Slaves of the pyramids still captive
For several months, the police have been cracking down on cult-like pyramid marketing schemes targeting poor college students, but they have not yet been eradicated. Some 1,700 students are still enslaved by five marketing companies in the Songpa, Geoyeo and Macheon areas.
According to the Songpa Police and the Fair Trade Commission, which have been investigating the companies for five months, the illegal marketing companies’ slovenly group housing for entrapped workers have been decreased from 113 sites to 24 in areas police have been investigating. At one point, over 5,000 students were trapped in the system.
But some of companies have simply moved operations to neighboring districts.
The plight of the slaves of the pyramid schemes was exposed in the JoongAng Ilbo in September.
The pyramid marketing schemes are disguised as legitimate businesses selling products or services, and they target young people - mostly college students or graduates from the countryside, often from low-ranking schools - lured by the offer of a decent sounding job in or near Seoul. New members are forced to buy thousands of dollars worth of useless items - usually after borrowing money from banks - and are then told to sell them. The existing members then share the profits. The workers are housed as cheaply as possible in prisoner-like conditions and brainwashed to believe they will someday be rich if they persevere through the hardships. Eventually, they are told to lure classmates or friends into the companies, who become the new, lowest-level slaves.
“There are students with debts from the loans they’re forced to take out,” said Kim Seon-gi, head of the special investigative team, “who have the attitude that they’ll finally succeed if they hang on as long as they can.”
Kim said the companies have moved their workers, who are forced to live together, from Songpa to neighboring areas such as Gangdong District, Amsa-dong, Dunchon-dong, and Seongnam and Hanam cities in nearby Gyeonggi Province. Eunhaeng-dong in Seongnam is also becoming a new center for the companies.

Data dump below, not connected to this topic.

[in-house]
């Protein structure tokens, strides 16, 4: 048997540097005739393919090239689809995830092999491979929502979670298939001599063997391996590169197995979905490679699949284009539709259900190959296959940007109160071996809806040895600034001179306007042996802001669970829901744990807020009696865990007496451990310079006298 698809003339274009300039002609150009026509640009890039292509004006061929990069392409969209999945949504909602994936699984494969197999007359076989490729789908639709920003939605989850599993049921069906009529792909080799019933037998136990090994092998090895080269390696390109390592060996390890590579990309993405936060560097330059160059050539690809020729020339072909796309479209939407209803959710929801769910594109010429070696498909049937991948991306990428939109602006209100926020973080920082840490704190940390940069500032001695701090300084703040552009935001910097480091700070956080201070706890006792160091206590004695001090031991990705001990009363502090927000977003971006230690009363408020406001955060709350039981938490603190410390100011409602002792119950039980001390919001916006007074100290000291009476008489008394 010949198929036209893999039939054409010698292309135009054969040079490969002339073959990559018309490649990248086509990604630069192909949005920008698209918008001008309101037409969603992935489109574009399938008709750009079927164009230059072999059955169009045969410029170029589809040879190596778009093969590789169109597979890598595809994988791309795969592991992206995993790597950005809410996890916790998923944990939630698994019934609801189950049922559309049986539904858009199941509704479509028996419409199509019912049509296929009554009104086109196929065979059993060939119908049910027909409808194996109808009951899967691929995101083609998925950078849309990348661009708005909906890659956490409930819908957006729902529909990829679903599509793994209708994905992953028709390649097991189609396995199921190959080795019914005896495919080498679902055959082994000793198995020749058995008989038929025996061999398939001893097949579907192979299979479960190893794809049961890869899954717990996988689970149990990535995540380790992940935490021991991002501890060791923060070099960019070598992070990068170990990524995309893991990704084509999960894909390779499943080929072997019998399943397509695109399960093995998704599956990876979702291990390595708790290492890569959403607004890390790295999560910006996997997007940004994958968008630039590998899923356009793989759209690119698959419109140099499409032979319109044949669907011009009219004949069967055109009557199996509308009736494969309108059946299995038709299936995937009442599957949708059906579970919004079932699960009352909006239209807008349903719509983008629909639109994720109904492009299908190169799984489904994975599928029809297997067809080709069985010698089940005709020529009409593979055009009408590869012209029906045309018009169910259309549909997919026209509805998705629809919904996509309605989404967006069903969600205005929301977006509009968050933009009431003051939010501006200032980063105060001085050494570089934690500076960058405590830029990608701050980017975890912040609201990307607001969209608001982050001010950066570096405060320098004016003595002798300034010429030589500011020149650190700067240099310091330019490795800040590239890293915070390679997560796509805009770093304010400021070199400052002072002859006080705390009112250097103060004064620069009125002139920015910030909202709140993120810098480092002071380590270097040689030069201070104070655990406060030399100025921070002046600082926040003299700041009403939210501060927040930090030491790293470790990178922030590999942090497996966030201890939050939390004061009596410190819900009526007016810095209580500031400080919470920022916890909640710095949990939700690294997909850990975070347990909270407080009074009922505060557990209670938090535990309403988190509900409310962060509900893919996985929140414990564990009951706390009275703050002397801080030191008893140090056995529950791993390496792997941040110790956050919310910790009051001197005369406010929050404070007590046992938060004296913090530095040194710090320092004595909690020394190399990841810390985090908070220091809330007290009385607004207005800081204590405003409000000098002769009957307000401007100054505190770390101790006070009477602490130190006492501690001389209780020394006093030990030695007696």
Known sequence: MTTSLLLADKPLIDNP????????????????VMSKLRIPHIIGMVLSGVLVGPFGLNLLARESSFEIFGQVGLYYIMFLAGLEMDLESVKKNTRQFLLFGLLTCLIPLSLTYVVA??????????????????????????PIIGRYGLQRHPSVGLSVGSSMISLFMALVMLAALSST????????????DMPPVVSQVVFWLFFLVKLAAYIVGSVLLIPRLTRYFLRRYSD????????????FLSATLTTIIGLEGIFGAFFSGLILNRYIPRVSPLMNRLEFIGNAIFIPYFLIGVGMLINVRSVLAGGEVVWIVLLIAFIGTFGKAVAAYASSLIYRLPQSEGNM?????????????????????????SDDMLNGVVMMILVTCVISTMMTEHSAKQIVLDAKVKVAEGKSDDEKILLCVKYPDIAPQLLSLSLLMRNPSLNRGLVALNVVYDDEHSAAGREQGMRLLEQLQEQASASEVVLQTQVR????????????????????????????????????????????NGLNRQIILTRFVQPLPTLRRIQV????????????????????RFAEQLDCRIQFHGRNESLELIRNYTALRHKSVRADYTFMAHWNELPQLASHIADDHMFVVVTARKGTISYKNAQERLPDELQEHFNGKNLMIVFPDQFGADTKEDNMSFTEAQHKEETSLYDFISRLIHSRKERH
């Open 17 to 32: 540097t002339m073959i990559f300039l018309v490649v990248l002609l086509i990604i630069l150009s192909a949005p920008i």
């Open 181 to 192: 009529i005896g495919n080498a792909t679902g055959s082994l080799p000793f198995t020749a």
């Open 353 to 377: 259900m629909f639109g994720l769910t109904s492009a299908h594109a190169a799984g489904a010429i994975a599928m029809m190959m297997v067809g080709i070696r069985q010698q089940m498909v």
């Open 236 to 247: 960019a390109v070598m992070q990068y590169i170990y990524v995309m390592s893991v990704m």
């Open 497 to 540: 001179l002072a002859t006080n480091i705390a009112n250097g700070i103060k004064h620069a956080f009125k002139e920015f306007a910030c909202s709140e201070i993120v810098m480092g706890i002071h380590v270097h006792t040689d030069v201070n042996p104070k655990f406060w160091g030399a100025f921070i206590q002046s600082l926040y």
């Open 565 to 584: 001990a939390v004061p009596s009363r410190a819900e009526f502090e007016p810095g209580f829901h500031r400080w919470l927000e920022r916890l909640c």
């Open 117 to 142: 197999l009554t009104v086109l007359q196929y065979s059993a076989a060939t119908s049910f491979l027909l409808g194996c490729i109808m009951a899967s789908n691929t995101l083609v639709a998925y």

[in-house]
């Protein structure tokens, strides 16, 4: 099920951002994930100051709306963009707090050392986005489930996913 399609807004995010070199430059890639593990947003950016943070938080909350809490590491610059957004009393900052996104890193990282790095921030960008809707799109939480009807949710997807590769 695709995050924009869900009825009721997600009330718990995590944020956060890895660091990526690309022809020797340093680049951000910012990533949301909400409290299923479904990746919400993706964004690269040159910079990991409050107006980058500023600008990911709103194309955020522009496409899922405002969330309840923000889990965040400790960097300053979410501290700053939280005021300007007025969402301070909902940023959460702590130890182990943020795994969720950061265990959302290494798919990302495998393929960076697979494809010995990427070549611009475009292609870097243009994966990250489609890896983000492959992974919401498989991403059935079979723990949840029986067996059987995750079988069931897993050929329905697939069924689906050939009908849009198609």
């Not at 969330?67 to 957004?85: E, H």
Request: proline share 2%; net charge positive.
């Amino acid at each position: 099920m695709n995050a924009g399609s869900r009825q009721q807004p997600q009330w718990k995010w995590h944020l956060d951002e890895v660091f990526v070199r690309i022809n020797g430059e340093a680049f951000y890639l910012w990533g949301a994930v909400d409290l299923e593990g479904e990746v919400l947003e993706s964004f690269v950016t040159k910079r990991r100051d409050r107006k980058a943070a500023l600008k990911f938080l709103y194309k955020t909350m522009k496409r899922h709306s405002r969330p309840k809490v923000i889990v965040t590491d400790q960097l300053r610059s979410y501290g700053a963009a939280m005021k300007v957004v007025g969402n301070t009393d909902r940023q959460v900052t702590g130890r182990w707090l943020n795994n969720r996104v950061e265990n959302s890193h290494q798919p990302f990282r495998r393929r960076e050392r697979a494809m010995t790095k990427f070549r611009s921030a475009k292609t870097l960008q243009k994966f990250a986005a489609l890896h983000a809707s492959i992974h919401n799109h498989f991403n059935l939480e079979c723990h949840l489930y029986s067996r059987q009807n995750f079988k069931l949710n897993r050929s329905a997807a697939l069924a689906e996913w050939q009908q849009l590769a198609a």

As the crackdown continues, the marketing companies have abandoned coed housing - with over a dozen youths squeezed into single apartments - to single-sex housing to avoid attention from the outside. The workers have also been told, “Do not believe what the media says.”
“Their tactics get more covert over time,” an officer of the Songpa investigative team said.
The companies are still recruiting new workers, targeting college students on winter vacation.
The JoongAng Ilbo Special Report Team, after investigating the methods of the largest companies in Songpa District, found that the companies tell the students, “If you work diligently for six months to a year, you can earn 10 million won monthly.”
The numbers don’t bear out that promise.
One marketing company in Songpa that had 5,300 workers earlier in the year, although some have since quit, had a hierarchy with the following tiers: Planners, Silver Planners, Gold Planners, Master Planners and Super Master Planners.
According to data gathered by the JoongAng Ilbo, the 153 Gold Planners earn a monthly wage of about 230,000 won, not 880,000 won as rumored. The 125 Master Planners, who have been working for one to four years, can earn 1.9 million won a month.
The bottom ranks of Planners and Silver Planners earn almost nothing, most of their revenues being offered up to the workers above them.
One 22-year-old worker surnamed Ha, who had escaped the Songpa company, said, “Although we were told until our ears stung that if you become a Master Planner you can send your family 5 million won a month and buy an imported car and wear a luxury suit, it was all lies.”
By Special Reporting Team [email@example.com]